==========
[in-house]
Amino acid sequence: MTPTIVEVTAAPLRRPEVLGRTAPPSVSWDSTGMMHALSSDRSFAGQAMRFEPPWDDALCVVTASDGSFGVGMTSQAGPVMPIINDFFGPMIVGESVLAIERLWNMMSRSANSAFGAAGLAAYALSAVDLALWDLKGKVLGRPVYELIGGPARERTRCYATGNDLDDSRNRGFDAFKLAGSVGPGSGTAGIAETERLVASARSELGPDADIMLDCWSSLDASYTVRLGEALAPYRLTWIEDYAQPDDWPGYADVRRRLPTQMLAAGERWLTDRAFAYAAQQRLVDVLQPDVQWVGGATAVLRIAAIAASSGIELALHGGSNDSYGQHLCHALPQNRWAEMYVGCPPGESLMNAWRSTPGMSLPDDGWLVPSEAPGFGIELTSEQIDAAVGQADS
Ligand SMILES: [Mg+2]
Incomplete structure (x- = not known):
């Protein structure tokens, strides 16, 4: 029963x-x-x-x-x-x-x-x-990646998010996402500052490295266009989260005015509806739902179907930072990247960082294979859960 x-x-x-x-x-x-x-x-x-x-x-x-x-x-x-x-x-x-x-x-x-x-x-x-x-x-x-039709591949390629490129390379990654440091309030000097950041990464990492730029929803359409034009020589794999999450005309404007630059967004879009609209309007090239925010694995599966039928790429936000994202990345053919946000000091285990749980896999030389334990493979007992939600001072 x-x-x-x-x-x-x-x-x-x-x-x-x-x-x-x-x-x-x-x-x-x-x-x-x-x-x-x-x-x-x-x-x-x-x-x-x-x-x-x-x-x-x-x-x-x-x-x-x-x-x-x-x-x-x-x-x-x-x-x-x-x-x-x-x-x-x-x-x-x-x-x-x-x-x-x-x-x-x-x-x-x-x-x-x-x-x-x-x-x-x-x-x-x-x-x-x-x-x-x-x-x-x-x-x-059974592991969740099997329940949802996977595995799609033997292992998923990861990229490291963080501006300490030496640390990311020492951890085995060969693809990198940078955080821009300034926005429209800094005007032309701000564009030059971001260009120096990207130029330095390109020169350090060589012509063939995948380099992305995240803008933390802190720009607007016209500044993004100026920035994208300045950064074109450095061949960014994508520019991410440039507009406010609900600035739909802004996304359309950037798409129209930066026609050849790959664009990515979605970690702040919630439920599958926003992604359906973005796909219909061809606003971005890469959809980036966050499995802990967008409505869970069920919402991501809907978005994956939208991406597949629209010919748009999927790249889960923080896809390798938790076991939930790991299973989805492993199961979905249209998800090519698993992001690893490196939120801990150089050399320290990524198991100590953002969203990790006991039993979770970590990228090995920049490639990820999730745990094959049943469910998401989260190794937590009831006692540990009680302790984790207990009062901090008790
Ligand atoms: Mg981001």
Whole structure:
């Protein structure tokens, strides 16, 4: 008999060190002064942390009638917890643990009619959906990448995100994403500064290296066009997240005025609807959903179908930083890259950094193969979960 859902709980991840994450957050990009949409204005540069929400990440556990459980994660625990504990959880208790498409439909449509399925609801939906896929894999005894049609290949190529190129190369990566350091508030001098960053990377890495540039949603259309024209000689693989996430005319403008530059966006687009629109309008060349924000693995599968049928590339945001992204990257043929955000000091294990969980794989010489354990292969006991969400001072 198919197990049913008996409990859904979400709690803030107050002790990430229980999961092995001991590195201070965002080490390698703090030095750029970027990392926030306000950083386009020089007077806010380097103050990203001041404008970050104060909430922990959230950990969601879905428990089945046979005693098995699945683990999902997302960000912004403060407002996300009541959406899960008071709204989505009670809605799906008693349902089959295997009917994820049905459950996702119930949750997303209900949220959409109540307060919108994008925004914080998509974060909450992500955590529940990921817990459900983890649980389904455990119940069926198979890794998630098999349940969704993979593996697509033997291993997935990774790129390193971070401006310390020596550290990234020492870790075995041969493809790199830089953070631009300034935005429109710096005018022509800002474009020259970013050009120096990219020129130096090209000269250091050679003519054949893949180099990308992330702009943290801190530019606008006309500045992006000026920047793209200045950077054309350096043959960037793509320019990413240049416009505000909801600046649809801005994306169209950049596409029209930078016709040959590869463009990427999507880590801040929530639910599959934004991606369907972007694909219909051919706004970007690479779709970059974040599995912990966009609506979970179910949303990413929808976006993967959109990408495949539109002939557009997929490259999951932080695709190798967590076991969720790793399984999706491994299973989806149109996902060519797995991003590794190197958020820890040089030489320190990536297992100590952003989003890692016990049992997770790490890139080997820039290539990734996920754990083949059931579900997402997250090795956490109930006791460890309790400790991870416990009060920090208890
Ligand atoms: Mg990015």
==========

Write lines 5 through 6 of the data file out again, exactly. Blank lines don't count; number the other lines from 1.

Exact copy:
């Protein structure tokens, strides 16, 4: 029963x-x-x-x-x-x-x-x-990646998010996402500052490295266009989260005015509806739902179907930072990247960082294979859960 x-x-x-x-x-x-x-x-x-x-x-x-x-x-x-x-x-x-x-x-x-x-x-x-x-x-x-039709591949390629490129390379990654440091309030000097950041990464990492730029929803359409034009020589794999999450005309404007630059967004879009609209309007090239925010694995599966039928790429936000994202990345053919946000000091285990749980896999030389334990493979007992939600001072 x-x-x-x-x-x-x-x-x-x-x-x-x-x-x-x-x-x-x-x-x-x-x-x-x-x-x-x-x-x-x-x-x-x-x-x-x-x-x-x-x-x-x-x-x-x-x-x-x-x-x-x-x-x-x-x-x-x-x-x-x-x-x-x-x-x-x-x-x-x-x-x-x-x-x-x-x-x-x-x-x-x-x-x-x-x-x-x-x-x-x-x-x-x-x-x-x-x-x-x-x-x-x-x-x-059974592991969740099997329940949802996977595995799609033997292992998923990861990229490291963080501006300490030496640390990311020492951890085995060969693809990198940078955080821009300034926005429209800094005007032309701000564009030059971001260009120096990207130029330095390109020169350090060589012509063939995948380099992305995240803008933390802190720009607007016209500044993004100026920035994208300045950064074109450095061949960014994508520019991410440039507009406010609900600035739909802004996304359309950037798409129209930066026609050849790959664009990515979605970690702040919630439920599958926003992604359906973005796909219909061809606003971005890469959809980036966050499995802990967008409505869970069920919402991501809907978005994956939208991406597949629209010919748009999927790249889960923080896809390798938790076991939930790991299973989805492993199961979905249209998800090519698993992001690893490196939120801990150089050399320290990524198991100590953002969203990790006991039993979770970590990228090995920049490639990820999730745990094959049943469910998401989260190794937590009831006692540990009680302790984790207990009062901090008790
Ligand atoms: Mg981001």